A coming-of-age tale that is both comforting and wonderfully peculiar.


As a girl struggles to navigate adolescence, she finds support from an unlikely source.

In this graphic novel, 12-year-old Lora Xi finds herself increasingly isolated. While her best friend and her classmates seem obsessed with parties, boys, and texting, her interests have remained fixed on witches, ghosts, and nostalgic activities of childhood. While throwing herself a séance tea party in the attic, she discovers a ghost, a girl about her age, named Alexa. The two become fast friends, with Alexa gently prodding Lora to reach out to peers and slowly engage in more social events. The energetic, flowing graphics embellished with colorful details reveal complex narratives for both characters. With the help of some old friends, Alexa eventually discovers more about her long-forgotten past, having lived in the same town 50 years prior. Lora finds the courage to participate in more social events while staying authentic. But the two friends gradually find their goals diverging, which leads to an emotional climax. While this is Yee’s middle-grade debut, she is a veteran of comic books, and it shows. She artfully balances complex character arcs and suspense while bringing a touch of fantasy and wonder without overcrowding the plot. Lora is of Chinese descent, and Alexa is White; Lora’s middle-class North American community is vibrantly diverse.

A coming-of-age tale that is both comforting and wonderfully peculiar. (author's note) (Graphic fantasy. 9-12)

Pub Date: Sept. 15, 2020

ISBN: 978-0-593-12532-8

Page Count: 272

Publisher: Random House

Review Posted Online: June 16, 2020

Kirkus Reviews Issue: July 1, 2020

Did you like this book?

No Comments Yet

Funny, scary in the right moments, and offering plenty of historical facts.


Catfished…by a ghost!

Harry Mancini, an 11-year-old White boy, was born and lives in Harry Houdini’s house in New York City. It’s no surprise, then, that he’s obsessed with Houdini and his escapology. Harry and his best friend, Zeke, are goofing around in some particularly stupid ways (“Because we’re idiots,” Zeke explains later) when Harry hits his head. In the aftermath of a weeklong coma, Harry finds a mysterious gift: an ancient flip phone that has no normal phone service but receives all-caps text messages from someone who identifies himself as “HOUDINI.” Harry is wary of this unseen stranger, like any intelligently skeptical 21st-century kid, but he’s eventually convinced: His phone friend is the real deal. So when Houdini asks Harry to try one of his greatest tricks, Harry agrees. Harry—so full of facts about Houdini that he litters his storytelling with infodumps, making him an enthusiastic tour guide to Houdini’s life—is easily tricked by his supportive-seeming hero. Harry, Zeke, and Houdini are all just the right amount of snarky, and while Harry’s terrifying adventure has an occasionally inconsistent voice, the humor and tension make this an appealing page-turner. Archival photographs of Harry Houdini make the ghostly visitation feel closer. Zeke is Black, and Harry Houdini, as he was in life, is a White Jewish immigrant.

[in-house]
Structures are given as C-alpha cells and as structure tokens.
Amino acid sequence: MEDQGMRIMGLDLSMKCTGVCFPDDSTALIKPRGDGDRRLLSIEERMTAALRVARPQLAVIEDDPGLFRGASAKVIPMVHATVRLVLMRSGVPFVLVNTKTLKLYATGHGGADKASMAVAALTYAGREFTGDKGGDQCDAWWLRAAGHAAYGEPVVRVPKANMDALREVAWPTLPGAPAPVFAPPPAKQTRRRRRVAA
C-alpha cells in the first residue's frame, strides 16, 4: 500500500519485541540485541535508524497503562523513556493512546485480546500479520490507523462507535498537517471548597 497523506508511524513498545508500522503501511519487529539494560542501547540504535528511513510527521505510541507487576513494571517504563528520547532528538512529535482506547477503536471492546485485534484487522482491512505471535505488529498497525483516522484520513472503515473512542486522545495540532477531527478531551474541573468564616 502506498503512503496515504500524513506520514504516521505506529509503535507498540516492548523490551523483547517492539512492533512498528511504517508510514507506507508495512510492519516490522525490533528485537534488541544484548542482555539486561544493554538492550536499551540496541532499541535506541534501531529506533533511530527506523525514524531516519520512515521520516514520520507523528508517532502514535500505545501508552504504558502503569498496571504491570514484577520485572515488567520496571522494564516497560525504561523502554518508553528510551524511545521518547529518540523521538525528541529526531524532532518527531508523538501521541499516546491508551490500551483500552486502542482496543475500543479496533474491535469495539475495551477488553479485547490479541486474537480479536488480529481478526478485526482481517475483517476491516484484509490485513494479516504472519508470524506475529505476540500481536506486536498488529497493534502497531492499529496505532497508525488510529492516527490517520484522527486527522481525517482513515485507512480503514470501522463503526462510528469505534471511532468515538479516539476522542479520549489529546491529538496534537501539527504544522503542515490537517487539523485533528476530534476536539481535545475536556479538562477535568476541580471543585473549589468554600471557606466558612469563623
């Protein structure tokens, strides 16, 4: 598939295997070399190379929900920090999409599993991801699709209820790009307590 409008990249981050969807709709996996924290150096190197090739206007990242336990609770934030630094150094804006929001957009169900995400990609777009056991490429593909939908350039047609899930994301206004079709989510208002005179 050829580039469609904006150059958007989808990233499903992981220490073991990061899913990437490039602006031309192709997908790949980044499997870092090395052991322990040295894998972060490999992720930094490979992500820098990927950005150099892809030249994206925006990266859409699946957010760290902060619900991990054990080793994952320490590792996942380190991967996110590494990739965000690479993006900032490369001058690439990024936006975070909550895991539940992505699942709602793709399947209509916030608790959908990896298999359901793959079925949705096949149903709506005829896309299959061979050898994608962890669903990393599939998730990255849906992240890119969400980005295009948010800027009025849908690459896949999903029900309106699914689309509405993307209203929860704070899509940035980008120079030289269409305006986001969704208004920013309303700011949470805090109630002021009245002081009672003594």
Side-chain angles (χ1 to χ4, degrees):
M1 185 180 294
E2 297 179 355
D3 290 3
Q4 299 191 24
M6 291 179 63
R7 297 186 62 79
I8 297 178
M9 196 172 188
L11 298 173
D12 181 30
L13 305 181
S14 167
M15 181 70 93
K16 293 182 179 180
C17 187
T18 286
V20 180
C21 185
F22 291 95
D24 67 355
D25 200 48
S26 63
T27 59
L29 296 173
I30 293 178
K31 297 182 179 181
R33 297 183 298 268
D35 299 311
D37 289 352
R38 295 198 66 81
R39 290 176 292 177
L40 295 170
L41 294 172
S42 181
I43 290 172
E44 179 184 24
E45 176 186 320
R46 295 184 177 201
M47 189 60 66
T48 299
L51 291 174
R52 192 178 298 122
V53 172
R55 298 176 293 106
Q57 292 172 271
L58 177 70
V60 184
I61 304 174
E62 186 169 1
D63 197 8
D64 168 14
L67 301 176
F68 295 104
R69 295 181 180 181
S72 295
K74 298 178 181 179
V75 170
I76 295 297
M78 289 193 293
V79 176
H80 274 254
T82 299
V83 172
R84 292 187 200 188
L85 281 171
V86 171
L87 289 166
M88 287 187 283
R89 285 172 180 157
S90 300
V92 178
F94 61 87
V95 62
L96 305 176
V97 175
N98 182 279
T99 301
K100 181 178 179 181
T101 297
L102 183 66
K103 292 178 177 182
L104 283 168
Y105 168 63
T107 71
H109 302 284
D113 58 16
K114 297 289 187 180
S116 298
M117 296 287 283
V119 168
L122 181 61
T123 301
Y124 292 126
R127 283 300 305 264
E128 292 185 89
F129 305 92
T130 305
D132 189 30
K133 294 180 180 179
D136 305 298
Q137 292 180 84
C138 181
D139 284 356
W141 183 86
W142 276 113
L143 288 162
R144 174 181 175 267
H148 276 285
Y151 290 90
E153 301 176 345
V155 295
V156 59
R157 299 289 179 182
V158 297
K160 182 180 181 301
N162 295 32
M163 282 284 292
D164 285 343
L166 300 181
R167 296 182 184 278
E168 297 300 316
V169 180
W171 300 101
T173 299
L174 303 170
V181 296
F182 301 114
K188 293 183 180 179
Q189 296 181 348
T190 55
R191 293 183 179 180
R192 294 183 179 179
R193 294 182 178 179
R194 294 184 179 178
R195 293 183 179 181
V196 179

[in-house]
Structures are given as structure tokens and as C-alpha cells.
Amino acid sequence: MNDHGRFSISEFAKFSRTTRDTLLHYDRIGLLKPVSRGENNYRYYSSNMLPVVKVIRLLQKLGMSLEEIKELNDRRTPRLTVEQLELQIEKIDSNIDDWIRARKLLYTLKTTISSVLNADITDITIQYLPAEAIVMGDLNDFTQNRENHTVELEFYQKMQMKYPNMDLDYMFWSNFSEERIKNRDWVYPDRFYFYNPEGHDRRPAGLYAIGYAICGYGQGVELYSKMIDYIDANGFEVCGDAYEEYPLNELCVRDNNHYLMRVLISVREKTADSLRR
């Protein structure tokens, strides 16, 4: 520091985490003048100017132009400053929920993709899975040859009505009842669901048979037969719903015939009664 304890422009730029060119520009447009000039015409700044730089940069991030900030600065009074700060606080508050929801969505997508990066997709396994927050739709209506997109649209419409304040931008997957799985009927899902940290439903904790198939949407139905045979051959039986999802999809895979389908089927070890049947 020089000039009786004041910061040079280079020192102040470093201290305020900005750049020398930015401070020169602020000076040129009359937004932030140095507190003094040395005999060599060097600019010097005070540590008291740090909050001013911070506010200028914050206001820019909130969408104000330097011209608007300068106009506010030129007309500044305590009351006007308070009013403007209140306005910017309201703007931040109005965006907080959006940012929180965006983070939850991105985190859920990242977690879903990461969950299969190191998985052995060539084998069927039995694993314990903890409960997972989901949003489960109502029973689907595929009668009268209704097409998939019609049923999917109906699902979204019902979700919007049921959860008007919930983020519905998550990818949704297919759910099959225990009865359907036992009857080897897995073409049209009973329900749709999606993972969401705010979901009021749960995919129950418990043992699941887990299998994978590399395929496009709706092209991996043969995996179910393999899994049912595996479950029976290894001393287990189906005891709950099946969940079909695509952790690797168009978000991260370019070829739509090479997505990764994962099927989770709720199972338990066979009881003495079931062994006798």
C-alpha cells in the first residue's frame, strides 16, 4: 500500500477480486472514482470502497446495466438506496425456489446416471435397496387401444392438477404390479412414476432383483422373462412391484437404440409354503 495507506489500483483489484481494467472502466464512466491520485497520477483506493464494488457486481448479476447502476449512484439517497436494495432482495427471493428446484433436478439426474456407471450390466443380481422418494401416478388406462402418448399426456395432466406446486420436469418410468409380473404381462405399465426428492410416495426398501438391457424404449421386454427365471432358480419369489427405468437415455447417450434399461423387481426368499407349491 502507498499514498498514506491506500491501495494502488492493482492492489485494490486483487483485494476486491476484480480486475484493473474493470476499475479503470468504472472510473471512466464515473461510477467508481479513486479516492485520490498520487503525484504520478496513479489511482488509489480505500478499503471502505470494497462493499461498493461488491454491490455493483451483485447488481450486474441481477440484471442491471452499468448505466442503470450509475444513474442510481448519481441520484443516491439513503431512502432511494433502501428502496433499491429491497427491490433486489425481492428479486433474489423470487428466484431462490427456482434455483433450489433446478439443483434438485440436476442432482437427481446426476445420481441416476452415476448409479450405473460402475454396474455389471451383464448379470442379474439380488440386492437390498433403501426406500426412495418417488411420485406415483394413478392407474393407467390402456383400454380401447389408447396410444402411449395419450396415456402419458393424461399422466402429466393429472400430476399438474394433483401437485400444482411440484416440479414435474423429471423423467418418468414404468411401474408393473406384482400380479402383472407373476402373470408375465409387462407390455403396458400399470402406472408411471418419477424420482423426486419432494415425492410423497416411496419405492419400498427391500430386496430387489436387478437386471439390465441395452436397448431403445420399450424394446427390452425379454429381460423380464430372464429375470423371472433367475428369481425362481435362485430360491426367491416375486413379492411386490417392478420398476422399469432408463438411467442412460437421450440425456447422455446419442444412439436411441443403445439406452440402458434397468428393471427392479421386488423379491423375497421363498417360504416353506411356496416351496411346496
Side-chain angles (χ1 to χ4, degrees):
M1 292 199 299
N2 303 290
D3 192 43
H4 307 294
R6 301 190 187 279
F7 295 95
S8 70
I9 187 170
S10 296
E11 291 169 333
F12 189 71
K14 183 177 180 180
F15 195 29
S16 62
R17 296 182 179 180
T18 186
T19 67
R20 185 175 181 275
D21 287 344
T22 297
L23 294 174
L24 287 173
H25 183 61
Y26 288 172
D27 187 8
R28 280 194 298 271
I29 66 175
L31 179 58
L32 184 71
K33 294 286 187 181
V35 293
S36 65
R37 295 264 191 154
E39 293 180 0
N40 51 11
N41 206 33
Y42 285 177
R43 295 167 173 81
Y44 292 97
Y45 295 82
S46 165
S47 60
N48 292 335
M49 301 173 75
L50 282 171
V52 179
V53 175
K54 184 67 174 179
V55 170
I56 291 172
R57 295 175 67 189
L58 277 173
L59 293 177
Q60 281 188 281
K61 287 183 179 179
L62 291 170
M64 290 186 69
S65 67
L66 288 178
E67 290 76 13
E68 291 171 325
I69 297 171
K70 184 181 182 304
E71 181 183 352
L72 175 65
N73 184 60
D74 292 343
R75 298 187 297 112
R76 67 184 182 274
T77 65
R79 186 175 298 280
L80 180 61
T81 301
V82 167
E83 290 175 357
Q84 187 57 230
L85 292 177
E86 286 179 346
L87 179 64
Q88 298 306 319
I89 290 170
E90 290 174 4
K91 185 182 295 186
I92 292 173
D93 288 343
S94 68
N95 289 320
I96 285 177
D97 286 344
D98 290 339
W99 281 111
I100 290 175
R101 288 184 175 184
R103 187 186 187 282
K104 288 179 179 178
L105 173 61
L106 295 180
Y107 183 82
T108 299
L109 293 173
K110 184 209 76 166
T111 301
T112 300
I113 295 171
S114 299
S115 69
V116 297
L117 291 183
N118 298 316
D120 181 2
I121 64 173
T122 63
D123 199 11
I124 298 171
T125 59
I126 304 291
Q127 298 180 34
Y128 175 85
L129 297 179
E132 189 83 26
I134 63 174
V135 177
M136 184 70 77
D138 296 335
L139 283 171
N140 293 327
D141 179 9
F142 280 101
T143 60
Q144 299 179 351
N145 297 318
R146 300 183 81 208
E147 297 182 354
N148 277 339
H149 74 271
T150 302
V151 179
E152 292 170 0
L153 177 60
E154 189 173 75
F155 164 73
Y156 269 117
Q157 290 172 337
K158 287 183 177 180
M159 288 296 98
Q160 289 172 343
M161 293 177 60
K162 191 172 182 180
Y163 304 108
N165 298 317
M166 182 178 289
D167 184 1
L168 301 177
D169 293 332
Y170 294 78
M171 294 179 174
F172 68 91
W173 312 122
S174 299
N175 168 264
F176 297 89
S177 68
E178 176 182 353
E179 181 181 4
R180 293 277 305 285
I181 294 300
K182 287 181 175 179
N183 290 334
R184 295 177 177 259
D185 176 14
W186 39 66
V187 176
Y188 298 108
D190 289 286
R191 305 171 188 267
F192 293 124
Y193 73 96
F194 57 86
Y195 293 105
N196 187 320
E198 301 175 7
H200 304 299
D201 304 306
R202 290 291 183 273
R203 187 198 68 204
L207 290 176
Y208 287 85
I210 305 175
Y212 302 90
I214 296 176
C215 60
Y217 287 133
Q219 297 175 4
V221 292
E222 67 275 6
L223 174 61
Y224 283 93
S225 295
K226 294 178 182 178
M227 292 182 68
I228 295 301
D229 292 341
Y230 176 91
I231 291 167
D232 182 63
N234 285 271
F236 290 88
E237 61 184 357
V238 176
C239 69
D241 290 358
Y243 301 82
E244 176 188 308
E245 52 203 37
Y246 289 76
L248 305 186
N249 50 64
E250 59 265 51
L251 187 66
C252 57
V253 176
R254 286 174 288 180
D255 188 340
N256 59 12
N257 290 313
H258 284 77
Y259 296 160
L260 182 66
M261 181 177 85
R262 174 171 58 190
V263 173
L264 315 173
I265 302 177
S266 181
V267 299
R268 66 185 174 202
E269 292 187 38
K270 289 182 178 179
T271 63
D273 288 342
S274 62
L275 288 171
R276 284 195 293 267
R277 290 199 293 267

Funny, scary in the right moments, and offering plenty of historical facts. (historical note, bibliography) (Supernatural adventure. 9-11)

Pub Date: March 2, 2021

ISBN: 978-0-8234-4515-8

Page Count: 224

Publisher: Holiday House

Review Posted Online: Jan. 27, 2021

Kirkus Reviews Issue: Feb. 15, 2021

Did you like this book?

No Comments Yet

A wonderfully frightening tale.


From the No Place for Monsters series , Vol. 1

Children are snatched from their beds and erased from all memory.

Levi and Kat often feel like they’re the only ones out of place in their small suburban town of Cowslip Grove. The two children feel a slight remove from their classmates and families; the one thing binding them together is their ability to see what everyone else cannot: Children are disappearing. And no one else seems to remember these children ever existed. After Levi’s younger sister, Twila, is taken by this evil force, Levi and Kat embark on a journey into the town’s sinister past to try to save her and stop the monster once and for all. The spooky tale is complemented by ink illustrations that will give even the bravest reader a case of the willies. The narrative is smartly structured, moving the characters forward at a perfect pace that balances the tricky trifecta of thrills, exposition, and character development. This is one hell of a middle-grade read, the kind that will spark imaginations as it is read late at night under the covers with a flashlight. Levi and Kat appear White; the black-and-white illustrations seem to show some human ethnic diversity. (This review has been updated to reflect changes to the final book.)

A wonderfully frightening tale. (Horror. 9-12)

Pub Date: Oct. 6, 2020

ISBN: 978-0-358-12853-3

Page Count: 384

Publisher: HMH Books

Review Posted Online: Aug. 4, 2020

Kirkus Reviews Issue: Aug. 15, 2020

Did you like this book?

No Comments Yet